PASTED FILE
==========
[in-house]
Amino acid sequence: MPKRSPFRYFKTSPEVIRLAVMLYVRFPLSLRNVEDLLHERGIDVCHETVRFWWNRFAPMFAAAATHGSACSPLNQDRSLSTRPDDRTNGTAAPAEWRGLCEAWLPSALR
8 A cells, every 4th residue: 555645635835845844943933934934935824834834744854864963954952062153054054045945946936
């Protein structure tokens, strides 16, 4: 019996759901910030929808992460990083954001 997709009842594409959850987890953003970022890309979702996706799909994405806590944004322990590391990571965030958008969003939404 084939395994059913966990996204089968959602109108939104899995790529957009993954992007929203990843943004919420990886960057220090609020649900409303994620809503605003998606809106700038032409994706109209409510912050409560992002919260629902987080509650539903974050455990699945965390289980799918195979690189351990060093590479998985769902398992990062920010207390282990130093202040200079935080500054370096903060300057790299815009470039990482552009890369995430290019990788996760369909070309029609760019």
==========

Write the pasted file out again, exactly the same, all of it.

[in-house]
Amino acid sequence: MPKRSPFRYFKTSPEVIRLAVMLYVRFPLSLRNVEDLLHERGIDVCHETVRFWWNRFAPMFAAAATHGSACSPLNQDRSLSTRPDDRTNGTAAPAEWRGLCEAWLPSALR
8 A cells, every 4th residue: 555645635835845844943933934934935824834834744854864963954952062153054054045945946936
């Protein structure tokens, strides 16, 4: 019996759901910030929808992460990083954001 997709009842594409959850987890953003970022890309979702996706799909994405806590944004322990590391990571965030958008969003939404 084939395994059913966990996204089968959602109108939104899995790529957009993954992007929203990843943004919420990886960057220090609020649900409303994620809503605003998606809106700038032409994706109209409510912050409560992002919260629902987080509650539903974050455990699945965390289980799918195979690189351990060093590479998985769902398992990062920010207390282990130093202040200079935080500054370096903060300057790299815009470039990482552009890369995430290019990788996760369909070309029609760019």